It’s hard not to hate car insurance companies. They penalize you for being young. They sock you for having a teen driver in the house. They’ll even charge you more if they find out you’ve made a few late payments on credit card bills.

On top of that, states require most owners to have auto insurance, so you probably don’t have the option of driving without it. So the question becomes: How do you protect yourself from rapacious auto insurers?’s primer, 9 ways to save on auto insurance, says one way to get a better deal is to grow older and get married. Insurers tend to set higher rates for younger drivers, often defined as those under age 25. Some will give you a break if you’re under 25 but married.

Not willing to get hitched just to save some dough on car insurance? Go comparison-shopping. Less than half of drivers do, and it’s the quickest way to save money on car insurance. Give the same details to three or more companies and get a range of quotes. You’ll have to think through those details first — things like levels of coverage and amount of deductibles, for example.

Other tips for saving money:

  • Take a defensive-driving course and tell the insurance company about it.
  • Ask the insurance company what kind of breaks it gives for installing various types of car alarms.
  • Pay every six months in full, rather than month-to-month. That way you avoid financing fees.
  • Beware buying a vehicle on the nation’s most frequently stolen list and especially on your city’s most frequently stolen list. (Hint: In L.A., thieves want Toyota Camrys; crooks in Columbus covet Cutlasses, and in Albuquerque, they favor the Ford F-150.) When you buy a vehicle that will be snubbed by thieves, get it with safety features such as airbags and antilock brakes.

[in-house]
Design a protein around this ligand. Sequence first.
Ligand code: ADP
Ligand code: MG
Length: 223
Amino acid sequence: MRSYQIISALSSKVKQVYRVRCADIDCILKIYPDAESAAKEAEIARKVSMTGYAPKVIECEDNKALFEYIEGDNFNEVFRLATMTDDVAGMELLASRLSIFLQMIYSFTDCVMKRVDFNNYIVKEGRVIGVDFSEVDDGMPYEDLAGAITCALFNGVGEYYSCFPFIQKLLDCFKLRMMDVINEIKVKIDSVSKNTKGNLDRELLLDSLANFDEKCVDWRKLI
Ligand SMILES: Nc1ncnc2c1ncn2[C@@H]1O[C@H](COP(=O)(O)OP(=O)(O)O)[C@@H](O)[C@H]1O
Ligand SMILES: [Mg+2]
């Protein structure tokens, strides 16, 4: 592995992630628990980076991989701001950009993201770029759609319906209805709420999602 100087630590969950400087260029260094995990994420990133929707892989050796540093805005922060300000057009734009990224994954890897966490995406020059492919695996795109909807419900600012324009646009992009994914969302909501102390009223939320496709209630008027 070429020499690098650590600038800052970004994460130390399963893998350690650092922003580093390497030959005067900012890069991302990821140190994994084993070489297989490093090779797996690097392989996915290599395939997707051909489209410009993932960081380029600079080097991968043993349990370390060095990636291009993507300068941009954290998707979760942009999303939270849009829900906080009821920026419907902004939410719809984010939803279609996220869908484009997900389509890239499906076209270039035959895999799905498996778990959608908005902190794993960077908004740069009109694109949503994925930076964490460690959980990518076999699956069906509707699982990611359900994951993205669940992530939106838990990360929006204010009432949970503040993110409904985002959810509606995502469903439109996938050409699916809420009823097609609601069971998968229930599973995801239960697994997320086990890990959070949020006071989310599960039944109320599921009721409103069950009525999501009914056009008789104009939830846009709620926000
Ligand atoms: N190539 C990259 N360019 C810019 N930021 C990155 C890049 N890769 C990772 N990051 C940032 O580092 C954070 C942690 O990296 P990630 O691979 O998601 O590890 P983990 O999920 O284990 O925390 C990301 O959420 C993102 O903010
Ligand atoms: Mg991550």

• Oh, and drive safely.

When you’re doing your comparison-shopping, keep in mind that there are six parts to a basic auto insurance policy: bodily injury, personal property liability, personal injury protection, collision, comprehensive and uninsured motorist. In other words, when you buy auto insurance, you’re really buying several types of insurance bundled into one overall policy.

All states require minimum bodily injury and personal property liability coverage. Depending on state law, you might be able to waive other types of coverage. For example, if you own an old car outright, you might be able to forego comprehensive and collision coverage because fixing it might cost more than junking it and buying another.

If you can handle a spike in blood pressure (’cause you’ll get angry), check out the article about how auto insurers examine your credit record to decide how much to charge you. Think the insurance company cares about your driving record more than your credit record? Au contraire! Auto insurers believe that making a few late credit card payments makes you more likely to crash your car.

Having a car-driving teen in the household means someone is going to have to pay a lot for auto insurance. Overall, it’s cheaper to add the teen to the household’s auto policies than for the teen to get a separate policy.

OK, let’s say you get in an accident. What to do? First of all, don’t admit any wrongdoing. As explains in this article about what to expect after an auto accident, you should check yourself and your passengers for injuries, call 911 if you need to and exchange basic information with other drivers (names and addresses of drivers and passengers and names of insurance companies).

Write down the date, time, weather conditions, descriptions of the autos involved and a brief summary of the accident.

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